Maiden Korea, 316 5th Avenue; Courtesy of Alfresco NYC
The New York City Council on Thursday approved the Open Restaurants zoning text amendment to NYC’s Zoning Resolution, an important step in the path to making permanent outdoor dining a part of city life. The zoning amendment expands the areas where outdoor dining can be considered to all NYC neighborhoods. The amendment joins proposed legislative changes that would cut red tape for restaurant owners.
As 6sqft previously reported, the city suspended outdoor dining regulations in an emergency measure to make year-round outdoor dining possible during the height of the Covid-19 pandemic when indoor dining was banned. The move was an enormous success and a lifeline for many restaurants.
The city’s permanent Open Restaurants program makes it easier, less expensive, and faster for restaurants to safely serve diners outside, but existing zoning made it a laborious process to obtain city approval for a sidewalk café. The zoning text amendment, proposed by the Department of City Planning and Department of Transportation, is part of the Open Restaurants program. It will eliminate geographic restrictions on locations in NYC where sidewalk cafes can be placed
The amendment also consolidates applications for the sidewalk café program and a new roadway café program under one agency, the Department of Transportation (DOT). This further streamlines the application process for owners.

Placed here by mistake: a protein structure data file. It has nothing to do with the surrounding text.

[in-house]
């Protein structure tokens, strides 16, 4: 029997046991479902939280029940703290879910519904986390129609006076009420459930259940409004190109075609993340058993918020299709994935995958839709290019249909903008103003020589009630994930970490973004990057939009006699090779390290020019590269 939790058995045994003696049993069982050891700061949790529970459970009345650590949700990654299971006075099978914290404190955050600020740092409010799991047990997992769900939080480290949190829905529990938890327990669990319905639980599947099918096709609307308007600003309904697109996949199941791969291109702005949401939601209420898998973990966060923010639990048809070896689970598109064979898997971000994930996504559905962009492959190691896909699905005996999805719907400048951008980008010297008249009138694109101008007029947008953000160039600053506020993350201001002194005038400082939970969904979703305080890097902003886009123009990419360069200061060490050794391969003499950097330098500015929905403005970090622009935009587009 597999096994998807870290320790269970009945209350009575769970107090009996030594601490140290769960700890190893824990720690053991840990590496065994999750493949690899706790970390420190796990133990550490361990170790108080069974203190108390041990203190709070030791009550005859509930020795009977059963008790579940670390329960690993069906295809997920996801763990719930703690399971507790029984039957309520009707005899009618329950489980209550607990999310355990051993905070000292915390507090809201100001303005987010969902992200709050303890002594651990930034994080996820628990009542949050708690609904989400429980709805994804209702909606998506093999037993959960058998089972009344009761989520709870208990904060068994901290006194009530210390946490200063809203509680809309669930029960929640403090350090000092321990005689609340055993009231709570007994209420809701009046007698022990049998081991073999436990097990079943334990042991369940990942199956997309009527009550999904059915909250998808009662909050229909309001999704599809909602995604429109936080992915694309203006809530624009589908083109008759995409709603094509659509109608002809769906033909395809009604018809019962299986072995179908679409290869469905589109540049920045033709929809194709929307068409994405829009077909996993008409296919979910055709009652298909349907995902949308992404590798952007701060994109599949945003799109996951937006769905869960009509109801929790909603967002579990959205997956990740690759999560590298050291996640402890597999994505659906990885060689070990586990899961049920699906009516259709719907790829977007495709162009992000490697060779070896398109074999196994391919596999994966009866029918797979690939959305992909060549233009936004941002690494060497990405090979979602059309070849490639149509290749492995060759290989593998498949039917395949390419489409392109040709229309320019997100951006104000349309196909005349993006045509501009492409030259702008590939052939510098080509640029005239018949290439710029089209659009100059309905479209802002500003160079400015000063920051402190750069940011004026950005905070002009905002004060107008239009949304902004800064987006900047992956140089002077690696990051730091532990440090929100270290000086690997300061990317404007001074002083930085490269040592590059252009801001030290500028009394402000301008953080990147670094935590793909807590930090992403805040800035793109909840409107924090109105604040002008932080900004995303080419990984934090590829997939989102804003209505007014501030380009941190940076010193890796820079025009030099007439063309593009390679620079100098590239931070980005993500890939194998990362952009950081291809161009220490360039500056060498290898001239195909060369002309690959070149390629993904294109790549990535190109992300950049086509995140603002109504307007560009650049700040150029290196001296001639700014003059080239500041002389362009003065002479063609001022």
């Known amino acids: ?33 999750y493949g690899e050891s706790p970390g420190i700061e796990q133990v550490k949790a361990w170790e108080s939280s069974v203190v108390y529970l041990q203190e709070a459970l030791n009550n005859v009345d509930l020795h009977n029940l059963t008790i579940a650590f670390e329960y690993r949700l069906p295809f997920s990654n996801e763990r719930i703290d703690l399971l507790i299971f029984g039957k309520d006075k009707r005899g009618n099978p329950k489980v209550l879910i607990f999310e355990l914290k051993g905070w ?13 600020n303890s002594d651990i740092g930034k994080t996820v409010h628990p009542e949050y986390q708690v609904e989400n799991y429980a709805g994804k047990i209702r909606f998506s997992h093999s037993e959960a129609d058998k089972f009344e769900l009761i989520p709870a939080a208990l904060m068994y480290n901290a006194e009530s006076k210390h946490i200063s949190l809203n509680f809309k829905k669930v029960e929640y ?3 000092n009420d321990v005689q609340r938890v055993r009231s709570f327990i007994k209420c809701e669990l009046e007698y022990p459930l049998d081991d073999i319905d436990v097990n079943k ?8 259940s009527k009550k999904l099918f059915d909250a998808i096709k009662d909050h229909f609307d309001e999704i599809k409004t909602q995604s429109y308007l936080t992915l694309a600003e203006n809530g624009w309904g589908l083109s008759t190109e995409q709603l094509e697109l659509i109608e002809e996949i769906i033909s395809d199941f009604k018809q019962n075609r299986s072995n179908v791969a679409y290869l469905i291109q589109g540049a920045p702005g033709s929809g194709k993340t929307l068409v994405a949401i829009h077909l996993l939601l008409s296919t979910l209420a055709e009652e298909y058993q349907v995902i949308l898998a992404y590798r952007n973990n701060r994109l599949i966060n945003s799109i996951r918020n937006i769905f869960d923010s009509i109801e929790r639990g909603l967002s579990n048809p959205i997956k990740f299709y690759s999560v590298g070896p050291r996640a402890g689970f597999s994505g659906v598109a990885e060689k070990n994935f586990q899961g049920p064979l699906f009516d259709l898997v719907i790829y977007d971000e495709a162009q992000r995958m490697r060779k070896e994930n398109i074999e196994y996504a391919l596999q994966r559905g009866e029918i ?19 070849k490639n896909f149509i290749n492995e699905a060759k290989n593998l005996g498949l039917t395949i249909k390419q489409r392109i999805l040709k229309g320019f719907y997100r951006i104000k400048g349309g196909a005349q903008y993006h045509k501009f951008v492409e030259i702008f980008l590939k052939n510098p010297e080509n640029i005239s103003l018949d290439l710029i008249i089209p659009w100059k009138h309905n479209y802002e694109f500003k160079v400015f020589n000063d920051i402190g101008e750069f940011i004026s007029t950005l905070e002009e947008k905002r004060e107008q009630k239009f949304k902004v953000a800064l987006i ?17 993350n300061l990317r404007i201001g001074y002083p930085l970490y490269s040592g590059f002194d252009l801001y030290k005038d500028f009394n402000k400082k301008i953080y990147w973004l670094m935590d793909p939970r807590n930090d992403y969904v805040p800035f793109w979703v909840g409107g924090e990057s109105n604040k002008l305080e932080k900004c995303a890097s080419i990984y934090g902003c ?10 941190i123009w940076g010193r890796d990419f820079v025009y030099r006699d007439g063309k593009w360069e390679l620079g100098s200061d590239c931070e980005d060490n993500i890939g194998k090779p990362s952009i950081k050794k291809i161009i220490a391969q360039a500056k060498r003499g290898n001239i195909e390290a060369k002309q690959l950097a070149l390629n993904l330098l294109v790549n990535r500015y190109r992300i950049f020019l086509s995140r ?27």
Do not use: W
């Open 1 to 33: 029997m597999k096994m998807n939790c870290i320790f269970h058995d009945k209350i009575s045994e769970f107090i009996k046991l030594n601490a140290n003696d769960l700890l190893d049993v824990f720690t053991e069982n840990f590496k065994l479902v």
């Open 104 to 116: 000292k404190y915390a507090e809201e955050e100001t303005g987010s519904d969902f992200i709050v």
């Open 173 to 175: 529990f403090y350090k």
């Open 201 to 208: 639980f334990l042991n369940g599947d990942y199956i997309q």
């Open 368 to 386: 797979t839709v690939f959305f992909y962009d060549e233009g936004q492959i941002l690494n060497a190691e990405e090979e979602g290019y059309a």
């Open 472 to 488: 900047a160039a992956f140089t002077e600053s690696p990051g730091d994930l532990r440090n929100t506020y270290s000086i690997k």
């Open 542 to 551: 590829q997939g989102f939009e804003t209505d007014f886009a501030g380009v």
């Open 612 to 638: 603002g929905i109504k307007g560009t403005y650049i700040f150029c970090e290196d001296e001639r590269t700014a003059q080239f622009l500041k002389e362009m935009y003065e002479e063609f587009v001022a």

In praise of the amendment, Andrew Rigie, executive director of the NYC Hospitality Alliance, said in a statement, “We commend the City Council for approving the Open Restaurants text amendment, which creates a clean slate to determine all of the details of a permanent outdoor dining program and expands where sidewalk cafes can be located to provide a more equitable alfresco dining program to all neighborhoods throughout the five boroughs. While there’s a lot more work to be done to develop a more standardized and sustainable program, the approval of today’s text amendment is an important milestone for the future of alfresco dining and New York City’s economic recovery.”
To be eligible, restaurants will still need to meet requirements such as “clear path” requirements that keep restaurant structures and diners at a safe distance from fire hydrants and neighboring businesses. The newly-approved zoning amendment is the first of several changes–which also include design and safety rules–that will shape the permanent Open Restaurants program.
New design guidelines are currently being drafted. As Gothamist reports, the new program will mean the end of the enclosed dining sheds that restaurants have constructed for pandemic dining, and already-existing sheds won’t be grandfathered in, according to DOT.
Flexible outdoor dining spaces, including umbrellas, tents, and barriers, will get the green light. While pre-pandemic outdoor dining areas fell under rules for “sidewalk cafes,” a new “roadway cafe” program extends the space used in the emergency Open Restaurants program by allowing a portion of a roadway’s curb lane or parking lane for outdoor dining.
The emergency program is in place through 2022, when restaurants will be able to transition to a permanent program. Learn more about Open Restaurants here.
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Tags : City Council, department of transportation, outdoor dining, restaurants